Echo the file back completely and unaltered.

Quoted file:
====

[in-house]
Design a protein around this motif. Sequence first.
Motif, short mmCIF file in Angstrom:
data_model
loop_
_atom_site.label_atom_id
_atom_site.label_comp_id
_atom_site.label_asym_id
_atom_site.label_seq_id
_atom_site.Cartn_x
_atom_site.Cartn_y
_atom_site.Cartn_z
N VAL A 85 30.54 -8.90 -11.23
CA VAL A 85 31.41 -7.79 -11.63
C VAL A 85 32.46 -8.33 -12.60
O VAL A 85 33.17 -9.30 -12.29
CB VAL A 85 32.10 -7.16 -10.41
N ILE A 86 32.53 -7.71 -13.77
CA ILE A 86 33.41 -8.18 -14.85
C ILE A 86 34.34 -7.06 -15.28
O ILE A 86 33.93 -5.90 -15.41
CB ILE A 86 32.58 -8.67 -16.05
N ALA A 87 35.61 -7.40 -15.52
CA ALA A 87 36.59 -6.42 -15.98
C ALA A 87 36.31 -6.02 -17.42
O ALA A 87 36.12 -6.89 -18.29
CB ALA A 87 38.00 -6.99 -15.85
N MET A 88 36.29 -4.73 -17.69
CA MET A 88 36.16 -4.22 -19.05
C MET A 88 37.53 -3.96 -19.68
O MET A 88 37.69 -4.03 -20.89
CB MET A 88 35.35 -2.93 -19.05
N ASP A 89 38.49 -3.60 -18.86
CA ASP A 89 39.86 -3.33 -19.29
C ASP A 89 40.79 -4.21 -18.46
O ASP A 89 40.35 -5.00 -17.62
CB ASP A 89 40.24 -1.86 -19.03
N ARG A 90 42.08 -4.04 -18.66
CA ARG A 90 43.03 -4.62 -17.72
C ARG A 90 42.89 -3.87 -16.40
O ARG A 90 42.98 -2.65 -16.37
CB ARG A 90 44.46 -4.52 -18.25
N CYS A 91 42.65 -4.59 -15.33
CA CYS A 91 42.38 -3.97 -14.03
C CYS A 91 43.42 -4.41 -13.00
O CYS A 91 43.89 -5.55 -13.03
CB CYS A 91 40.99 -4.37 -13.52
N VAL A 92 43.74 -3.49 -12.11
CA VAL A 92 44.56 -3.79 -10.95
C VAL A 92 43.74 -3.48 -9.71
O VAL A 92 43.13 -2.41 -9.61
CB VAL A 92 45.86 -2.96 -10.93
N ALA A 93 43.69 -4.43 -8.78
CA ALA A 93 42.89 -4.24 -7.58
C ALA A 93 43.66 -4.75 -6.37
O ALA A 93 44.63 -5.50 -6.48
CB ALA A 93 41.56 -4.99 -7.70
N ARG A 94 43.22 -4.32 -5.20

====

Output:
[in-house]
Design a protein around this motif. Sequence first.
Motif, short mmCIF file in Angstrom:
data_model
loop_
_atom_site.label_atom_id
_atom_site.label_comp_id
_atom_site.label_asym_id
_atom_site.label_seq_id
_atom_site.Cartn_x
_atom_site.Cartn_y
_atom_site.Cartn_z
N VAL A 85 30.54 -8.90 -11.23
CA VAL A 85 31.41 -7.79 -11.63
C VAL A 85 32.46 -8.33 -12.60
O VAL A 85 33.17 -9.30 -12.29
CB VAL A 85 32.10 -7.16 -10.41
N ILE A 86 32.53 -7.71 -13.77
CA ILE A 86 33.41 -8.18 -14.85
C ILE A 86 34.34 -7.06 -15.28
O ILE A 86 33.93 -5.90 -15.41
CB ILE A 86 32.58 -8.67 -16.05
N ALA A 87 35.61 -7.40 -15.52
CA ALA A 87 36.59 -6.42 -15.98
C ALA A 87 36.31 -6.02 -17.42
O ALA A 87 36.12 -6.89 -18.29
CB ALA A 87 38.00 -6.99 -15.85
N MET A 88 36.29 -4.73 -17.69
CA MET A 88 36.16 -4.22 -19.05
C MET A 88 37.53 -3.96 -19.68
O MET A 88 37.69 -4.03 -20.89
CB MET A 88 35.35 -2.93 -19.05
N ASP A 89 38.49 -3.60 -18.86
CA ASP A 89 39.86 -3.33 -19.29
C ASP A 89 40.79 -4.21 -18.46
O ASP A 89 40.35 -5.00 -17.62
CB ASP A 89 40.24 -1.86 -19.03
N ARG A 90 42.08 -4.04 -18.66
CA ARG A 90 43.03 -4.62 -17.72
C ARG A 90 42.89 -3.87 -16.40
O ARG A 90 42.98 -2.65 -16.37
CB ARG A 90 44.46 -4.52 -18.25
N CYS A 91 42.65 -4.59 -15.33
CA CYS A 91 42.38 -3.97 -14.03
C CYS A 91 43.42 -4.41 -13.00
O CYS A 91 43.89 -5.55 -13.03
CB CYS A 91 40.99 -4.37 -13.52
N VAL A 92 43.74 -3.49 -12.11
CA VAL A 92 44.56 -3.79 -10.95
C VAL A 92 43.74 -3.48 -9.71
O VAL A 92 43.13 -2.41 -9.61
CB VAL A 92 45.86 -2.96 -10.93
N ALA A 93 43.69 -4.43 -8.78
CA ALA A 93 42.89 -4.24 -7.58
C ALA A 93 43.66 -4.75 -6.37
O ALA A 93 44.63 -5.50 -6.48
CB ALA A 93 41.56 -4.99 -7.70
N ARG A 94 43.22 -4.32 -5.20